honor, 799
Hooghe, Liesbet, 616
Hoover, K. D., 462
Horiuchi, Yusaka, 556n9, 886
Hortala-Vallve, R., 901
Hosli, Madeleine, 228
Hotelling, Harold, 820
Hotelling model, 674n19
Hotelling-Smithies model, 820
Hou, Yilin, 464
Householder, A. S., 840
Howitt, Peter, 489n28
Hsiao, A. J., 705
Hug, Simon, 612, 615–616, 617
Hughes, Charles Evan, 419
human rights. See rights, human
Hume, David, 799
Hume, Robert, 371
Huntington, E. V., 801–802
Husted, T. A., 547, 552
Hyttinen, Ari, 36
Iacobucci, Justice Frank, 119
Iannaccone, Laurence, 749
Iaryczower, Matias, 67, 126
Ichino, N., 886
Ickes, Barry, 307
ideal point
actor, 96–98, 99, 819
Constitutional Convention, 784, 784f
court, 125
executive, 96, 97, 102, 104, 105, 107, 108
initiatives, policy and public preference congruence, 372
legislator, spatial voting model, 822, 824
median member, of legislature, 96, 108, 109
roll-call voting, 823, 823f, 824
scaling algorithm, 129n11
term limits, 372
veto players and, 110
ideal point, government, 364
initiative, 366–367, 366f
mandatory referendum, 364, 365, 365f
ideal point, voter, 364, 820
initiative, 366–367, 366f, 373, 375
mandatory referendum, 365, 365f
spatial voting model, 820, 821, 827
identity
ethnicity, 351
ruling interest, stationary bandit model, 255f, 256
identity, group
electoral accountability, 937, 938n12
proportional representation, 199
voter turnout, 904
ideology. See also specific types
conceptions, 819
distance, 819
theories, government growth, 590, 597–599, 601n6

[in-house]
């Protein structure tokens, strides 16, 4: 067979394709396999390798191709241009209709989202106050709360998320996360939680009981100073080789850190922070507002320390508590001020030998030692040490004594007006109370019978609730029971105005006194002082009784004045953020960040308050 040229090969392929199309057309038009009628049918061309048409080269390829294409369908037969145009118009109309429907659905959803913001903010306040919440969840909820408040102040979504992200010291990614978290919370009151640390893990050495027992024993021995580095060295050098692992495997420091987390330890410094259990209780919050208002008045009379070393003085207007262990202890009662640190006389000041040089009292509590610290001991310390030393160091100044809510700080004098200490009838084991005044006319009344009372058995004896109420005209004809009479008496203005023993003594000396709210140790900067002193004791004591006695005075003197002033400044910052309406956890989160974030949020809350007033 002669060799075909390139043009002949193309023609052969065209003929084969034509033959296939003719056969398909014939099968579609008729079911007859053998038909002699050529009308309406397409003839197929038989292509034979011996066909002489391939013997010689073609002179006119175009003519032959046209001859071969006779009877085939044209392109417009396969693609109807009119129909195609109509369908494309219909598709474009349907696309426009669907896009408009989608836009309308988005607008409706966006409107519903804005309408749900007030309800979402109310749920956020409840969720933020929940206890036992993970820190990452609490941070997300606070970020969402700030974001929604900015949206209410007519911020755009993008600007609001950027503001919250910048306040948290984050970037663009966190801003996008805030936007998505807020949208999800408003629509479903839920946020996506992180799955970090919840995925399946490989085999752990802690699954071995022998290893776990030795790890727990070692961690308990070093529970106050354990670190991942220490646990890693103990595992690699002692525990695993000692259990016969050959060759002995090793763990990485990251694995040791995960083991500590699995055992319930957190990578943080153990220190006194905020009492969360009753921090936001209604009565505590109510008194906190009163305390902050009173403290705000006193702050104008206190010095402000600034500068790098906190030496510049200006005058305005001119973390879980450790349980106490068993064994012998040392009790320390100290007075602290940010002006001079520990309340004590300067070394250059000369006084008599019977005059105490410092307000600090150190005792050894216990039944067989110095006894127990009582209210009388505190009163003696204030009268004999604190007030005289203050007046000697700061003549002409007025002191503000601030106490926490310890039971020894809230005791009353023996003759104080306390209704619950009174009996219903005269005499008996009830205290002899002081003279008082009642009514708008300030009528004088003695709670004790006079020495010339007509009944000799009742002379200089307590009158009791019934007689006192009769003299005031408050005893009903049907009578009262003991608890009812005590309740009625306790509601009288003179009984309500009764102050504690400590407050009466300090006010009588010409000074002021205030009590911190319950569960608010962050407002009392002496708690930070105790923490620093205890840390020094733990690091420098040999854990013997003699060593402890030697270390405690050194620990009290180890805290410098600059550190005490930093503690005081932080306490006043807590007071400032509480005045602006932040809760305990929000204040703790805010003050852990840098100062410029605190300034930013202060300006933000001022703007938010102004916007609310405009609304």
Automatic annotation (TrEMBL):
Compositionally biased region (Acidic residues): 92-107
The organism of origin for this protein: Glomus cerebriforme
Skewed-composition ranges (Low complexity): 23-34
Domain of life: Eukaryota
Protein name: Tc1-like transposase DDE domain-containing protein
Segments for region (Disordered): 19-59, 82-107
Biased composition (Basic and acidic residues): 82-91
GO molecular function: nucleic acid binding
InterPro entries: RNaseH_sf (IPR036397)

idiosyncratic effects selection, 37n2
ignorance
inadvertent, 572, 575–576, 583n6
political, 575–576
rational, 572–584 (see also rational ignorance)
IMF conditionality, 638n18
implicit change, constitutional amendment by, 160–161, 160t
(p. 966) Improper Influence (Gais), 413
impure altruism, 284n19
inclusivity
governance, 247–248
political, selectorate theory, 318
representation, electoral systems, 193–198
income
disposable, 521
distribution, traditional trade models, 656, 673nn3–6
growth rate, on voting, 858
inequality, U.S., politics, 490n42
on political participation, 546–548, 556n3
on public spending preferences, 545, 556n2
redistribution, trade policy for, 659–660, 674n12
stationary bandit model, effects, 241, 257nn3–4
on turnout and participation, 546–547
income–consumption tax mix, 474–486
income tax. See also taxation
establishment, 591, 601n3
withholding, 591, 601n4
incompatibility rules, 36
independence
mutual, presidentialism, 381, 389
independence, international organizations, 620–621
independence, judiciary, 439
independence of irrelevant alternatives, 807, 808t, 809
indifference curves, ellipse-shaped, 739n8
indirect voting powers, 228
individualism, on constitutional rules, 444
indulgences, Christian Church on, 762–763
industries
declining, protectionist trade, 657–658, 673n8
infant-industry argument, 674n13
ineligibility rules, 36
infant-industry argument, 674n13
inflation
central bank independence on, 499–503, 514nn2–5, 7–9
on voting, 858
informal economy, 687–688
informal governance, international organizations, 612
information
benefits, king-and-council template, 46
cascade, 347
majority cycles from, 537n8
shortcuts, 578–579
informed voters, on political participation, 545
initiative
direct democracy, 366–367, 366f
fiscal policy, 369–371
government spending, 439
process, 363
Instant Run-off Voting (IRV), 11–12
institutionalization, of party-governed rule of House of Representatives, 404
institutions. See also specific types
aid effectiveness on, 706–708, 719n8
for commons problems, solving, 559–569, 569n1 (see also commons problems institutions for solving)